I understand that it's a type of ROM, but is there more to it? How can it be used for?


EEPROMS (Electrically Erasable Programmable Read-Only Memory) are a type of non-volatile memory (they maintain the info even when not powered. You can read more about EEPROMS on Wikipedia.

They are used by Pi HATS (Hardware Attached on Top) EEPROM. Per the Raspberry Pi Foundation's blog.

The EEPROM holds the board manufacturer information, GPIO setup and a thing called a ‘device tree‘ fragment – basically a description of the attached hardware that allows Linux to automatically load the required drivers.

They should not be used for anything but communicating with the HAT's EEPROM.

The blog post announcing HATs can be found here, and the HAT spec can be found here.

  • 2
    Using GPIO 0/1 on a Pi3 (ID_SD/ID_SC) is pretty much a no no because that bus is also used to control internal GPIO. On earlier Pi models the bus may be used as a normal I2C bus if a HAT isn't being used. – joan Jun 25 '16 at 16:47
  • @joan I have also read that the Pi3 has a port expander, and it seems reasonable that this would be I²C but the pins seem to be in input mode. Are you aware of any documentation of the use? – Milliways Jun 26 '16 at 6:32
  • @Milliways I vaguely remember reading a post where someone mentioned the model number and I do remember a post where someone had communicated with the device to switch one of the Pi3 LEDs. They had put up github code which I haven't tried. The posts were on the raspberrypi.org forums. I'll have a look later and post a link if I can find the information. – joan Jun 26 '16 at 7:54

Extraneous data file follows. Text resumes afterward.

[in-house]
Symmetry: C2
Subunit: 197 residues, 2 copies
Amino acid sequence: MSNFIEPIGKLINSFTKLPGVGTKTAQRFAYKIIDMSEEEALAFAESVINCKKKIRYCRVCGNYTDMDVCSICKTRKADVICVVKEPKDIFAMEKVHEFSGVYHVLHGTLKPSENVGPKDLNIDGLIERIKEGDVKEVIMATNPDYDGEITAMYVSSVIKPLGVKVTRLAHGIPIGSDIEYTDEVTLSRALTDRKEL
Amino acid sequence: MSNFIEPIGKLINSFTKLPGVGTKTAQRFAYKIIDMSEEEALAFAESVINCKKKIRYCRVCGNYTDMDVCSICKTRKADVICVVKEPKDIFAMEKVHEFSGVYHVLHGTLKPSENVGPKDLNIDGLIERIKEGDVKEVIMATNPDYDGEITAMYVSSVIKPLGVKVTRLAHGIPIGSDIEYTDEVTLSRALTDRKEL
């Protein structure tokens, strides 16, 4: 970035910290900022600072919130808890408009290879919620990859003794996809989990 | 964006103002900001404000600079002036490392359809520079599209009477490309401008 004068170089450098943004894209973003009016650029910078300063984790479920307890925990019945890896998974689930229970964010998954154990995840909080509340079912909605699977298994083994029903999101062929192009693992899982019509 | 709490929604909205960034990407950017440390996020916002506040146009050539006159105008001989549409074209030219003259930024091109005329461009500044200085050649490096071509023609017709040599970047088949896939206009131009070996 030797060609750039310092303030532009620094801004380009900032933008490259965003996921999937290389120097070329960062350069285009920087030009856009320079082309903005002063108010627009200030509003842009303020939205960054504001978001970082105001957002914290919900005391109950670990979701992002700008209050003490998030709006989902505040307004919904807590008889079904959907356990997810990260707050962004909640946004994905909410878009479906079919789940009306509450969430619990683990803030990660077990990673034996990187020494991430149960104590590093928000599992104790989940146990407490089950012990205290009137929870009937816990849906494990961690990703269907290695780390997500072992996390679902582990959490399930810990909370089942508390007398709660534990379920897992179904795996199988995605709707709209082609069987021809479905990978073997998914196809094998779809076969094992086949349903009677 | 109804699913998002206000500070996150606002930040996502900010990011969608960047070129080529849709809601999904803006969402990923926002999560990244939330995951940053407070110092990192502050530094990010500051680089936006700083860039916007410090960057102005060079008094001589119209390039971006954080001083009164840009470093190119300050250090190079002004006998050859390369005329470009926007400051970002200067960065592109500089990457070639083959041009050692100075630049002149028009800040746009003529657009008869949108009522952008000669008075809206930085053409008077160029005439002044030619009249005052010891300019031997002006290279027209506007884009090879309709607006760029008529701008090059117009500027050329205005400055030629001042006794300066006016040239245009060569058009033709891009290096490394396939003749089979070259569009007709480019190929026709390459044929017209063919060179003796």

• @Milliways Have a look at raspberrypi.org/forums/viewtopic.php?f=72&t=139753 which shows (indirectly via a link) how to control the activity LED on the Pi3. The best search string seems to be "port expander pi3". – joan Jun 26 '16 at 9:23
  • Actually @joan You can use GPIO 0 & 1 with very little work. For proof of this look at the Official Dots board. – Ryan Walmsley Jun 28 '16 at 19:12

Your Answer

By clicking “Post Your Answer”, you agree to our terms of service, privacy policy and cookie policy

Not the answer you're looking for? Browse other questions tagged or ask your own question.